Mean-varianceportfolioshavebeencriticizedbecauseofunsatisfyingout- of-sample performance and the presence of extreme and unstable asset weights, espe- cially when the number of securities is large. The bad performance is caused by estimation errors in inputs parameters, that is the covariance matrix and the expected return vector. Recent studies show that imposing a penalty on the 1-norm of the asset weights vector (i.e. l1-regularization) not only regularizes the problem, thereby improving the out-of-sample performance, but also allows to automatically select a subset of assets to invest in. However, l1-regularization might lead to the construction of biased solutions. We propose a new, simple type of penalty that explicitly considers financial information and then we consider several alternative penalties, that allow to improve on the l1-regularization approach. By using U.S.-stock market data, we show empirically that the proposed penalties can lead to the construction of portfolios with an out-of-sample performance superior to several state-of-art benchmarks, especially in high dimensional problems.

The ideas of Markowitz indisputably constitute a milestone in portfolio theory, even though the resulting mean-variance portfolios typically exhibit an unsatisfying out-of-sample performance, especially when the number of securities is large and that of observations is not. The bad performance is caused by estimation errors in the covariance matrix and in the expected return vector that can deposit unhindered in the portfolio weights. Recent studies show that imposing a penalty in form of a l1-norm of the asset weights regularizes the problem, thereby improving the out-of-sample performance of the optimized portfolios. Simultaneously, l1-regularization selects a subset of assets to invest in from a pool of candidates that is often very large. However, l1-regularization might lead to the construction of biased solutions. We propose to tackle this issue by considering several alternative penalties proposed in non-financial contexts. Moreover we propose a simple new type of penalty that explicitly considers financial information. We show empirically that these alternative penalties can lead to the construction of portfolios with superior out-of-sample performance in comparison to the state-of-the-art l1-regularized portfolios and several standard benchmarks, especially in high dimensional problems. The empirical analysis is conducted with various U.S.-stock market datasets.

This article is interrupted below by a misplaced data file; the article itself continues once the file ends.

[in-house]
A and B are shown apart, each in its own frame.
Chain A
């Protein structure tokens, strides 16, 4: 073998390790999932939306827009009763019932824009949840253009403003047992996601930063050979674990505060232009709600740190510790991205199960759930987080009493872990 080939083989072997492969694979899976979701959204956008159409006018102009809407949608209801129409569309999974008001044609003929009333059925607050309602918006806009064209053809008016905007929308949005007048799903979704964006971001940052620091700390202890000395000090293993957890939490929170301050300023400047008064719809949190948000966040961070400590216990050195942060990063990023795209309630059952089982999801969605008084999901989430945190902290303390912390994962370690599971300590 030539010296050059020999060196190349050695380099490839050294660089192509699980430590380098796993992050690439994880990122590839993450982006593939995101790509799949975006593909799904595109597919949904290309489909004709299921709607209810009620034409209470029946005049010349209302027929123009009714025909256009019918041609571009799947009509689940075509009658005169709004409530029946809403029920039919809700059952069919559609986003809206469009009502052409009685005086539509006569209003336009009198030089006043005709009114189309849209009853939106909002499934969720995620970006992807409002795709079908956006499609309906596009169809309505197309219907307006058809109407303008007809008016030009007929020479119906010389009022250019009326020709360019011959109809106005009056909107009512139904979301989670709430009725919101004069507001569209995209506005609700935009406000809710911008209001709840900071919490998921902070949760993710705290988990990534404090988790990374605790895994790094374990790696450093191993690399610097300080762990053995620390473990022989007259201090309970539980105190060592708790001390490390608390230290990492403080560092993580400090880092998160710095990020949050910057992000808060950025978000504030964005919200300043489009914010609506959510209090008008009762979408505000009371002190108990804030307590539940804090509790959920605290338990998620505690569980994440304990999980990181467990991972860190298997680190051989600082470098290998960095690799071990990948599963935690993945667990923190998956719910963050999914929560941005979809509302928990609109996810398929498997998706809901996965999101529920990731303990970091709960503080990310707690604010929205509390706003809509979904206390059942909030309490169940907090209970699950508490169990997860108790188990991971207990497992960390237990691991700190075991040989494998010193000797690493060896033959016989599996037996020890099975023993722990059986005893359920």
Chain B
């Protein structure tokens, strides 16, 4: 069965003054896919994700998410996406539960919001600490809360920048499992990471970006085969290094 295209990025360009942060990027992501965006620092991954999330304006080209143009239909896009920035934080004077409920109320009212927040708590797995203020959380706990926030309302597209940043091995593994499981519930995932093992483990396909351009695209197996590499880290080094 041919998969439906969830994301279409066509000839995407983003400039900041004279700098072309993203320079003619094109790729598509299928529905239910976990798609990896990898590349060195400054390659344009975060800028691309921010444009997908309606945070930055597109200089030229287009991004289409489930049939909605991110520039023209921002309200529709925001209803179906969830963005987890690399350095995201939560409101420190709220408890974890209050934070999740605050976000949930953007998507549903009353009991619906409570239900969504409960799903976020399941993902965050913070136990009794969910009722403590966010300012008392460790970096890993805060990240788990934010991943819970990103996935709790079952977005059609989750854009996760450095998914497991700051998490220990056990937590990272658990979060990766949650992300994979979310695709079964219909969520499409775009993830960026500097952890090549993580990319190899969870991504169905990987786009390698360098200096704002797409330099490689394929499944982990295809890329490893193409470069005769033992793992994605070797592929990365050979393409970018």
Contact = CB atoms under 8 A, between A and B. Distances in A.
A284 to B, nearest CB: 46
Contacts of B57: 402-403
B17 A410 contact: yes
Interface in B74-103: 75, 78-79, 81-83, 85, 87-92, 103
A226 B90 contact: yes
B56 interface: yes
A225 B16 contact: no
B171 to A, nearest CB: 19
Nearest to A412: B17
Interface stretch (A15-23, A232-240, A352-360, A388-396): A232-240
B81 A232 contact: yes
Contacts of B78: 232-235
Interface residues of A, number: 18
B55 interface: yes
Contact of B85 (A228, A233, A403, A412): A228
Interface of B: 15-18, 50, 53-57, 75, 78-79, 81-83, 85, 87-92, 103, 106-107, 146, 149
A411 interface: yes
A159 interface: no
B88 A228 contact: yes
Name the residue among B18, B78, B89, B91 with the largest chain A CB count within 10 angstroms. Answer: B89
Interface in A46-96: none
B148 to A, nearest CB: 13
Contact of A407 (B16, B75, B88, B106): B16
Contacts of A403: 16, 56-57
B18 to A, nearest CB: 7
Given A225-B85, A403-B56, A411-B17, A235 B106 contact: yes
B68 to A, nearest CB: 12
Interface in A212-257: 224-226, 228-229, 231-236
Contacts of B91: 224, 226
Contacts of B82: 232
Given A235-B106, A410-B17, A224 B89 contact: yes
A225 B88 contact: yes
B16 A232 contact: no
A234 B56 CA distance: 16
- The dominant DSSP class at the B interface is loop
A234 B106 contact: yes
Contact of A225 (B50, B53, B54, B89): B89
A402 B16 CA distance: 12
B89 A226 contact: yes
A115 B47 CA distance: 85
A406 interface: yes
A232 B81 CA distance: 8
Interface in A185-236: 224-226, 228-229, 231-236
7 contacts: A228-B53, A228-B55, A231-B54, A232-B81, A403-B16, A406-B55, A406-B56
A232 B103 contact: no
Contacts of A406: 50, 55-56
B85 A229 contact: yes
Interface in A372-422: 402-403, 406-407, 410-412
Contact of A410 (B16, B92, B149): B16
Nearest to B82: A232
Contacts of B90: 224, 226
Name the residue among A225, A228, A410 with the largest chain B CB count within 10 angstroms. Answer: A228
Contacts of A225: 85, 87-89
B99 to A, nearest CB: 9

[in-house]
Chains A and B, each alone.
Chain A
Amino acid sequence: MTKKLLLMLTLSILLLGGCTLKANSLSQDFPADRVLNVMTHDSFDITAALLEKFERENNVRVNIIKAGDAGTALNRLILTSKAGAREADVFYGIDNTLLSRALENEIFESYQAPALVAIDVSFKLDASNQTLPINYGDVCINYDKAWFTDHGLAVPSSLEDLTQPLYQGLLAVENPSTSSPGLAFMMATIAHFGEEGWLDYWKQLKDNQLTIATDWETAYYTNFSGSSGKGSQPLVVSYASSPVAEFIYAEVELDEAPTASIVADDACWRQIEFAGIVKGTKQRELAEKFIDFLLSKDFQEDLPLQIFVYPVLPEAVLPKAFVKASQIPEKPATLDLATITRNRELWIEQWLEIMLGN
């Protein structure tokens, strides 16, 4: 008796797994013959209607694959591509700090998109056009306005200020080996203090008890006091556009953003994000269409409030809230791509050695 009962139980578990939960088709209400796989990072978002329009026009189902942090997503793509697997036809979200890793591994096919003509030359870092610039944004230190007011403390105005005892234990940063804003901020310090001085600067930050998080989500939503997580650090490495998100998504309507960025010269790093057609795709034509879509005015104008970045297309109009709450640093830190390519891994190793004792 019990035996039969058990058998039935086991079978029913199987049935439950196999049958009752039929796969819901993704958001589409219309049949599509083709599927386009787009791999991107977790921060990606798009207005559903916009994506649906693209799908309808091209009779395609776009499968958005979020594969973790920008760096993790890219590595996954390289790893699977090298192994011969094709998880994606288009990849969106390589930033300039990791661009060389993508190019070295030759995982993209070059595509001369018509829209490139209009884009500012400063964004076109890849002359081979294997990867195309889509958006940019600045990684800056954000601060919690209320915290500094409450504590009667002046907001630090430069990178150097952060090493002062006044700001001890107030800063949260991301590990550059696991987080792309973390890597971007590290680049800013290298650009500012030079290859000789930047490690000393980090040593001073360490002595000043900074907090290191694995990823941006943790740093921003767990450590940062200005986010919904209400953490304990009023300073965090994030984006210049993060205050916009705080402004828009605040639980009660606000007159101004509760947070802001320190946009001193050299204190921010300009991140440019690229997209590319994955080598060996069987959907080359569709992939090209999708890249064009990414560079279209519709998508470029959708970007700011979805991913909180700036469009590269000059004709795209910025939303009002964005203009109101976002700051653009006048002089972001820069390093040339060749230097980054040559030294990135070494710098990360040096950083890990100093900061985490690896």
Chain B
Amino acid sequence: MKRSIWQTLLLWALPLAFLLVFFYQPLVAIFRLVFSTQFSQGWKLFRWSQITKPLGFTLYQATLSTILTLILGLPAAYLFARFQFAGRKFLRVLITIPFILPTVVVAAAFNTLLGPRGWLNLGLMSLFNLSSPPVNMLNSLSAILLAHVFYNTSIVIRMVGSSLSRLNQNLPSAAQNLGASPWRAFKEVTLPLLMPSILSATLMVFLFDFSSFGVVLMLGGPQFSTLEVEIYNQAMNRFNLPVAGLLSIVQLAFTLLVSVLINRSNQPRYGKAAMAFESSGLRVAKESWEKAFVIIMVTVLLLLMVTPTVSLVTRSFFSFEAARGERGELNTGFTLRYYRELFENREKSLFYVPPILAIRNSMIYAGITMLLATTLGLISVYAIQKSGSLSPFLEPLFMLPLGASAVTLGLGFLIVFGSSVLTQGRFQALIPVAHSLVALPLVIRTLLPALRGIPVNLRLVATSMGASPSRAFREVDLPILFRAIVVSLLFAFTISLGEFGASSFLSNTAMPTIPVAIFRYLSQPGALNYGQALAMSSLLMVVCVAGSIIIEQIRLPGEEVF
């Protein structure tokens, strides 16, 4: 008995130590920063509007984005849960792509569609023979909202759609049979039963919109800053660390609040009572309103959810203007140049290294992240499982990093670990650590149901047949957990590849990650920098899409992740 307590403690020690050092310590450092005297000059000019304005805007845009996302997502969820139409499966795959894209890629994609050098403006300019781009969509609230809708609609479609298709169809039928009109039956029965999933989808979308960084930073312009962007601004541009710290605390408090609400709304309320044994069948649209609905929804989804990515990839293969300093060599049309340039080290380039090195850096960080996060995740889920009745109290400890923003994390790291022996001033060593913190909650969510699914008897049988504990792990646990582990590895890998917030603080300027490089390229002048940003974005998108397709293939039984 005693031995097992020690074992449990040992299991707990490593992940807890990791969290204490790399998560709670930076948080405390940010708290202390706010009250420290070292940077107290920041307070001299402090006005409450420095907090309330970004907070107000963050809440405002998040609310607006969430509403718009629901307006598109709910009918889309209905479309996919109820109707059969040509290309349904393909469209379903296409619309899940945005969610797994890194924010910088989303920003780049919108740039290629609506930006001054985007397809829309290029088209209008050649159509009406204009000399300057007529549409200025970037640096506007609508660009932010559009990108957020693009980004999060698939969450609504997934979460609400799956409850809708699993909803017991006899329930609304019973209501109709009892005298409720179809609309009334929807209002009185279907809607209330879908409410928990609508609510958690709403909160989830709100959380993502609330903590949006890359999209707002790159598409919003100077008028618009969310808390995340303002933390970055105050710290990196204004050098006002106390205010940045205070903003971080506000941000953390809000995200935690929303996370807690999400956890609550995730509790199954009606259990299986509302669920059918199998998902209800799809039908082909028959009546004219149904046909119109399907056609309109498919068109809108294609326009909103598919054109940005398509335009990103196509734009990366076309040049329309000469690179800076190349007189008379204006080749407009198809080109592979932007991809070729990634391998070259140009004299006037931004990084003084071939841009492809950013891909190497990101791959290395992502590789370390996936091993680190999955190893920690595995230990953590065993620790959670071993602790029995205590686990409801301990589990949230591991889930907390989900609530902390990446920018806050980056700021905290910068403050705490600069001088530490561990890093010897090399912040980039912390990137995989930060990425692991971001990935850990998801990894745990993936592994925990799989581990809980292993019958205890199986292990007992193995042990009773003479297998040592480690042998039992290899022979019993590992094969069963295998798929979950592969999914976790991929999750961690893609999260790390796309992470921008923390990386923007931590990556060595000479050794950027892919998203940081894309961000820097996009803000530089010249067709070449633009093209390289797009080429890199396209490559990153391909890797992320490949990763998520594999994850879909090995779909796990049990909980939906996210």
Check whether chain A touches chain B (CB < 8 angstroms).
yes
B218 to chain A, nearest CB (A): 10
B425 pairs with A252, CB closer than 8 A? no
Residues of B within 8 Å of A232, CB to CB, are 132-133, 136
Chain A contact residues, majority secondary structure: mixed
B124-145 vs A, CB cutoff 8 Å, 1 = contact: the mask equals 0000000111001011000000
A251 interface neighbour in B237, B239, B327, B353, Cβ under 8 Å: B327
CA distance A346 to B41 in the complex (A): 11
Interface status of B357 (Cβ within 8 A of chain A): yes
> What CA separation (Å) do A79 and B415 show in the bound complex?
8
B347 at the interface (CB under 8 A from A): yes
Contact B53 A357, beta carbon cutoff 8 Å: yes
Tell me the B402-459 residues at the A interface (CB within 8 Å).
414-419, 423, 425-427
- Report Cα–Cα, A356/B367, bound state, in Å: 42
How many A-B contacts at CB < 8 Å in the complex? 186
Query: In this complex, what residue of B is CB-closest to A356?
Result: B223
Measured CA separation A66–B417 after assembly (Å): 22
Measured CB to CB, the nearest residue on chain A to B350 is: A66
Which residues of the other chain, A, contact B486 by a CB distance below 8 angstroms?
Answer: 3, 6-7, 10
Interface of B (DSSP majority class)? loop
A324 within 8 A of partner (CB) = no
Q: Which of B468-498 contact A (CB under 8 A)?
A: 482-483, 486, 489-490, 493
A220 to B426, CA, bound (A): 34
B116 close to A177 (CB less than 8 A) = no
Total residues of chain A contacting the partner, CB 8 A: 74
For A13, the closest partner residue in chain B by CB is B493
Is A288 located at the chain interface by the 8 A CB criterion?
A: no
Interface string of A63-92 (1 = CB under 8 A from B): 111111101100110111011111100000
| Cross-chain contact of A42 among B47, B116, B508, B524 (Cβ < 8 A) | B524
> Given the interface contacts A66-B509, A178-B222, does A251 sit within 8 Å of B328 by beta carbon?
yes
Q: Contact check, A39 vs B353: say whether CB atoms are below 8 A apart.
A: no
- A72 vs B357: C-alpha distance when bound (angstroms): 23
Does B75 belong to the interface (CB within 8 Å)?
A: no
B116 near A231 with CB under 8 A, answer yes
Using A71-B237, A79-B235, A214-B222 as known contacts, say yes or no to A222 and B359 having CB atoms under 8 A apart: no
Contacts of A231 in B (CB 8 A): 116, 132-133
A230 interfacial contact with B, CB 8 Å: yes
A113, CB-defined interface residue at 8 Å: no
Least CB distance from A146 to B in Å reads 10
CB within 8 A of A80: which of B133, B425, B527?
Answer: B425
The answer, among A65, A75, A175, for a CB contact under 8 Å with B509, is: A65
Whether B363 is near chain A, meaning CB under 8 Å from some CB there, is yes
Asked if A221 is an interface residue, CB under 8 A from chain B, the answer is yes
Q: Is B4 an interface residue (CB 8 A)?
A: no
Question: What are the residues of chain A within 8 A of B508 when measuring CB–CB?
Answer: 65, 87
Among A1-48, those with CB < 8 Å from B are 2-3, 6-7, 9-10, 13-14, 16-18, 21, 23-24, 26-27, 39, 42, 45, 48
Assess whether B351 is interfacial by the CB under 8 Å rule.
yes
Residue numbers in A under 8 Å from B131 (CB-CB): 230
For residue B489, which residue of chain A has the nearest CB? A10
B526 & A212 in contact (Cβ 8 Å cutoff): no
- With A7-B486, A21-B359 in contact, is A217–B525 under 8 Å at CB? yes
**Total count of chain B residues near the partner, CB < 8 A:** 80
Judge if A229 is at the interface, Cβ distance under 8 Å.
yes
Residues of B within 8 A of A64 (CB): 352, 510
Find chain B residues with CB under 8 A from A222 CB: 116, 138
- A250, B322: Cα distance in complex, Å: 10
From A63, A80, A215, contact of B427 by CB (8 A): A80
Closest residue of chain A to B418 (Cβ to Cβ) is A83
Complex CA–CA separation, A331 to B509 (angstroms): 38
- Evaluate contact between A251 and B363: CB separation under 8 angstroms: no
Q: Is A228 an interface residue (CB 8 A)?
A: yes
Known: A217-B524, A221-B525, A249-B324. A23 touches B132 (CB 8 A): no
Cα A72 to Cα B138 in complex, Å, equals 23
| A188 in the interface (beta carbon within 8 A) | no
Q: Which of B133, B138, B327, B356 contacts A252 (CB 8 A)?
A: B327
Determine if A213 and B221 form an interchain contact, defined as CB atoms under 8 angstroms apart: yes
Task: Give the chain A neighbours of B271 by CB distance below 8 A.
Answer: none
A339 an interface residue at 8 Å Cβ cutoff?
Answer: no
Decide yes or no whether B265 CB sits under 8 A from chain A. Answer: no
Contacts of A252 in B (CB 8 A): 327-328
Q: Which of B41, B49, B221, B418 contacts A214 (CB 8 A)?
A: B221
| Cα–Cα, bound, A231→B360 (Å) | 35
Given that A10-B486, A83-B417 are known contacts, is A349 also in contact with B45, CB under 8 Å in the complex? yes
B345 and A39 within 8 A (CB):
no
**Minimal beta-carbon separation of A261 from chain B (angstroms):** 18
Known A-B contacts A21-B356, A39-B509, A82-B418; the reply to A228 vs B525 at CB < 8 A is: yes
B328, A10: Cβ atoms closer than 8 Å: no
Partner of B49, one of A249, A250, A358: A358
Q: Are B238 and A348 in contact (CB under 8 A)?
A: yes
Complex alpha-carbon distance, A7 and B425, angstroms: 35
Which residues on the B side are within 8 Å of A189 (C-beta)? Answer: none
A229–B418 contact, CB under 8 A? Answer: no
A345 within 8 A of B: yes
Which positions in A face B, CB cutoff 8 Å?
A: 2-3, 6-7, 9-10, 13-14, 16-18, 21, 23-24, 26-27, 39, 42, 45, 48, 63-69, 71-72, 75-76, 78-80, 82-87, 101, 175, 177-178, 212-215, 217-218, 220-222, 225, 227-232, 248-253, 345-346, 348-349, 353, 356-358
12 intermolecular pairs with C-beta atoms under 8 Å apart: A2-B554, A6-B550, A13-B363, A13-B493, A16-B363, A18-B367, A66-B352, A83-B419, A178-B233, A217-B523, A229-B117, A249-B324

Constructing optimal sparse portfolios using regularization methods / Fastrich, Bjoern; Paterlini, Sandra; Winker, Peter. - In: COMPUTATIONAL MANAGEMENT SCIENCE. - ISSN 1619-697X. - 12:3(2015), pp. 417-443. [10.1007/s10287-014-0227-5]

Constructing optimal sparse portfolios using regularization methods

Paterlini Sandra;
2015-01-01

Abstract

The ideas of Markowitz indisputably constitute a milestone in portfolio theory, even though the resulting mean-variance portfolios typically exhibit an unsatisfying out-of-sample performance, especially when the number of securities is large and that of observations is not. The bad performance is caused by estimation errors in the covariance matrix and in the expected return vector that can deposit unhindered in the portfolio weights. Recent studies show that imposing a penalty in form of a l1-norm of the asset weights regularizes the problem, thereby improving the out-of-sample performance of the optimized portfolios. Simultaneously, l1-regularization selects a subset of assets to invest in from a pool of candidates that is often very large. However, l1-regularization might lead to the construction of biased solutions. We propose to tackle this issue by considering several alternative penalties proposed in non-financial contexts. Moreover we propose a simple new type of penalty that explicitly considers financial information. We show empirically that these alternative penalties can lead to the construction of portfolios with superior out-of-sample performance in comparison to the state-of-the-art l1-regularized portfolios and several standard benchmarks, especially in high dimensional problems. The empirical analysis is conducted with various U.S.-stock market datasets.
2015
3
Fastrich, Bjoern; Paterlini, Sandra; Winker, Peter
Constructing optimal sparse portfolios using regularization methods / Fastrich, Bjoern; Paterlini, Sandra; Winker, Peter. - In: COMPUTATIONAL MANAGEMENT SCIENCE. - ISSN 1619-697X. - 12:3(2015), pp. 417-443. [10.1007/s10287-014-0227-5]
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Utilizza questo identificativo per citare o creare un link a questo documento: https://hdl.handle.net/11572/192896
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